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How much does rail travel in Japan cost?


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Travelling in Japan entails deciding amongst a bewildering number of choices and first-time visitors are always anxious to know just how much all this travel is going to cost. The short answer is: it varies – a lot. Rail travel in Japan offers everything from budget prices to VIP treatment, but at least there are plenty of options.

Follow this simple guide to understand how much rail travel in Japan costs and how much to spend in getting between some of Japan’s most famous sites and cities.

Shinkansen – The Bullet Train


JR Pass

The most popular discount ticket is the JR Pass. A 7 day consecutive pass that covers all trains (excluding the Nozomi and Mizuho Shinkansen) will cost 29,110 Yen (ca. 291 USD), a 14-day pass 46,390 Yen (ca. 463 USD) and a three-week pass 59,350 Yen (593 USD).

As a one-way ticket to Kyoto will set you back at least 10,100 Yen (ca. 101 USD), the JR Pass is worth considering for anyone on a longer trip. Order online and have it delivered to your home address or a hotel in Japan. Simply exchange this letter for your official tickets at any JR ticket counter and climb aboard. This allows for some spectacular savings, particularly for those with children; kids 6-11 years old are viable for a 50% discount.

The fast Shinkansen train in Japan

JR Central Pass: Osaka-Tokyo Hokuriku Arch Pass

The JR Central Pass is similar to the JR Pass (29,110 Yen, ca. 291 USD) but covers a more limited area. This seven-day ticket allows unlimited access on JR trains (including the Shinkansen) between Tokyo and Osaka, via the Hokuriku region to the north. You can reach Kyoto as well as popular locations such as Nagano, Kanazawa and Osaka for just 24,000 Yen (240 USD).

Japanican

Another option is to use the Japanican website to get a special discount return ticket back to Tokyo. The two journeys must be completed within seven days and will cost 21,600 Yen (ca. 216 USD) but this also includes an additional one-day sightseeing pass around Kyoto.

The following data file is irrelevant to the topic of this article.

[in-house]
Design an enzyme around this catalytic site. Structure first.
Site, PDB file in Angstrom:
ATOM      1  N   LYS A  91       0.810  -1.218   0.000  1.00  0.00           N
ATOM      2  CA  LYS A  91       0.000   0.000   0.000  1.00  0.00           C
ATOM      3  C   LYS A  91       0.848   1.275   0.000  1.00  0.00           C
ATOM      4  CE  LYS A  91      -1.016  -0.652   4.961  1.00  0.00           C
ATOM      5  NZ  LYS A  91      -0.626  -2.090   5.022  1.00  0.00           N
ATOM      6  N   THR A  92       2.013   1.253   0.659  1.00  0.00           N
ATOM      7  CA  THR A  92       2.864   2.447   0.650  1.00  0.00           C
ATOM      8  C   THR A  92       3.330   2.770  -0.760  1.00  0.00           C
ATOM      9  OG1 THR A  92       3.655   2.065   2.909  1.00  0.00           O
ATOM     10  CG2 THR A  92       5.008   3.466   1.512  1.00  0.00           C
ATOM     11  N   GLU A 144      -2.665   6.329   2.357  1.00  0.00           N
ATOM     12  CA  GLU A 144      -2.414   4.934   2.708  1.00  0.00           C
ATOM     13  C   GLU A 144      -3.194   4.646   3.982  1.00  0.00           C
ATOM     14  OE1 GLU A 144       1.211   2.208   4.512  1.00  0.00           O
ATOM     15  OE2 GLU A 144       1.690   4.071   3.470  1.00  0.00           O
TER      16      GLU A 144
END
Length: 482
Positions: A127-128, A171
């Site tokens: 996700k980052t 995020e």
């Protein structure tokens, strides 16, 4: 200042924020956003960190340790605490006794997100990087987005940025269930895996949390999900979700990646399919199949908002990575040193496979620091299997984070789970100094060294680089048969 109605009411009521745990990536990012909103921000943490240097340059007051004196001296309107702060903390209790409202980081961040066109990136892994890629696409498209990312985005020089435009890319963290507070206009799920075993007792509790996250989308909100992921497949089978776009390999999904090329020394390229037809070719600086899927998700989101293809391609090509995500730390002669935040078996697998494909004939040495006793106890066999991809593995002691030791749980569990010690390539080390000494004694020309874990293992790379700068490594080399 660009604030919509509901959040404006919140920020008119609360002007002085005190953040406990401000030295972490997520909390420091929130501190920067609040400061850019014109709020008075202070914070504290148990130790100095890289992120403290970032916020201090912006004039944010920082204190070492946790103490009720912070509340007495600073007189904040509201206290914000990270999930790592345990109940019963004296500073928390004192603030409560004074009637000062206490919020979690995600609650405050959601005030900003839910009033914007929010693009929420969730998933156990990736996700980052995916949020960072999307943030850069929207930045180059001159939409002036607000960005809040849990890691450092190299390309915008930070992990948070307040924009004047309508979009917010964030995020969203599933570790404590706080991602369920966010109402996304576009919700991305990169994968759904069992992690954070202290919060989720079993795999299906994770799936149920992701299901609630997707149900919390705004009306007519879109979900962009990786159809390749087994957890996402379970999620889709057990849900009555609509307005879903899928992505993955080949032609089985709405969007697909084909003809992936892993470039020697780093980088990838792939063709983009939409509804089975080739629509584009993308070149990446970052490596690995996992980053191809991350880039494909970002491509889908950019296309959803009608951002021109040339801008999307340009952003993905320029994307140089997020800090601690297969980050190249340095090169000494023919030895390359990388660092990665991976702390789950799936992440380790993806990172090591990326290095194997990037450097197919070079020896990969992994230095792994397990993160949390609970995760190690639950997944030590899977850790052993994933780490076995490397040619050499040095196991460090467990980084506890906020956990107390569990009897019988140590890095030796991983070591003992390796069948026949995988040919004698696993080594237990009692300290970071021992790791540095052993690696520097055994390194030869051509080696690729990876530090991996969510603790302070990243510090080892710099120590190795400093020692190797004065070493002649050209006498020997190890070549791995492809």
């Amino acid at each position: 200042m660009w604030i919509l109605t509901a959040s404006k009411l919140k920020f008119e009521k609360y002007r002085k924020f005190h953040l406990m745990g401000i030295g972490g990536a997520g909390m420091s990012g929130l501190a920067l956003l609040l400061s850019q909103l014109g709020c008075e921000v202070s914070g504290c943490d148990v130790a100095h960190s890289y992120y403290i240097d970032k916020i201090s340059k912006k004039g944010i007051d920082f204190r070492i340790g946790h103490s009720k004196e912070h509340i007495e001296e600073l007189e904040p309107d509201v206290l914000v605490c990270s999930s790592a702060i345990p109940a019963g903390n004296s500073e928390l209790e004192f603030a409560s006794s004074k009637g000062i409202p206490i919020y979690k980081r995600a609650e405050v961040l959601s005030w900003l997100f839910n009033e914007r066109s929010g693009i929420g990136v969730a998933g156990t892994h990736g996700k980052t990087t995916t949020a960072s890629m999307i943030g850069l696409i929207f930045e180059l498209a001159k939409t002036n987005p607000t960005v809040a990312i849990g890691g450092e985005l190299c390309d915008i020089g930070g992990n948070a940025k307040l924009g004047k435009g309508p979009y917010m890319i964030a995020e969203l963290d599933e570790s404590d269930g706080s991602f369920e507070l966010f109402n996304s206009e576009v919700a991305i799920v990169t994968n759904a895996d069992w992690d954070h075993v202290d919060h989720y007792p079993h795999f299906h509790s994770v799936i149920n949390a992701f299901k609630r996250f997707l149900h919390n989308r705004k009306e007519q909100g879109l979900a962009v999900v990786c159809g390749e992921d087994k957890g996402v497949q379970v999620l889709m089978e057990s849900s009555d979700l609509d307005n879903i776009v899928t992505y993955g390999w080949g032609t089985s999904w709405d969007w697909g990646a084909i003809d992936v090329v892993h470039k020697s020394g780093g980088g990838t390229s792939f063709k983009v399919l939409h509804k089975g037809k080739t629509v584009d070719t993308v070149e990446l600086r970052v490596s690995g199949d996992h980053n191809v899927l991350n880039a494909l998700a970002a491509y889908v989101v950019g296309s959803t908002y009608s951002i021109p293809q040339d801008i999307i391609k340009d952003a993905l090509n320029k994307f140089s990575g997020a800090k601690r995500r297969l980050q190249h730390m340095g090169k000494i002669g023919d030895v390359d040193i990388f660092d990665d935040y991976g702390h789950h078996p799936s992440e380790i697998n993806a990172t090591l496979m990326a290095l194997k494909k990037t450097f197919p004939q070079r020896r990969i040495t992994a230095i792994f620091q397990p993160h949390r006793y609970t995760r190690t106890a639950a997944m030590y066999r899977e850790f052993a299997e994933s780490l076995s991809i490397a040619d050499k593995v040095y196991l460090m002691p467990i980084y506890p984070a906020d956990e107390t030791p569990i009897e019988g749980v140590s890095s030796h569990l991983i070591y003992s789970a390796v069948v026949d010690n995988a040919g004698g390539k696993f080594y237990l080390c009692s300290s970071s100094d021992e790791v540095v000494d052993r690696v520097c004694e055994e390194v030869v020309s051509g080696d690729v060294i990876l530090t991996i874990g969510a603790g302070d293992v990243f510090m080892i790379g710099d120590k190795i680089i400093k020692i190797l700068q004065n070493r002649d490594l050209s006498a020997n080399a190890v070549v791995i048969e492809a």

Local trains

Shinkansen trains are obviously an incredible way of travelling but are by no means the only trains possible in the ‘Land of the Rising Sun’. Within Tokyo and Kyoto are a staggering number of local train lines which criss-cross around, between and extend far beyond the city limits.

You can expect to pay a minimum of 160 Yen (ca. 1,60 USD) for a few stops on a single line, but prices go up the more transfers you make. There are plenty of pre-paid railcards such as the ‘Suica’ card that can be purchased in every station in the country and are a good option as they save endless time spent confused at the ticket machine.

Local trains can also be used to travel intra-city. Use www.hyperdia.com and de-select everything but ‘local trains’ to find a possible route between two cities. However, it is usually a tough journey; Tokyo to Kyoto takes around 8 hours one-way, involving a lot of changes and it won’t cost much less than the Shinkansen after all that.

Using the train in Japan is very convenient.

The cheapest way of travelling via local trains is to obtain a ‘Seishun 18 Kippu’ which is sold by JR and available periodically throughout the year (March 1st – April 10th, July 20th – September 10th and December 10th – January 10th). This 11,850 Yen (ca. 118 USD) ticket allows for 5 non-consecutive days of travel along any JR lines, meaning one day’s unlimited travel can be achieved for 2,370 Yen (ca. 237 USD).

Willer Express Bus Pass

For anyone travelling around Japan for an extended period of time and looking to save money, the best choice is to use the extensive bus network available through Willer Express. They offer various packages but the best-value options are a three day pass for 10,000 Yen (ca. 100 USD) or a seven day for 15,000 (ca. 150 USD).

How much does rail travel in Japan cost?

In comparison to a lot of countries, the average prices of rail travel in Japan are relatively cheap. It’s important to remember that even in the metropolises of Osaka and Tokyo, it’s very easy to walk between nearby stations by just following the tracks through the city.

This is especially worth remembering during rush hours as though they’re not nearly as bad as their reputation, busy trains here are really a level above anywhere else. Nevertheless, the commuter rush is something worth experiencing, perhaps only once though.

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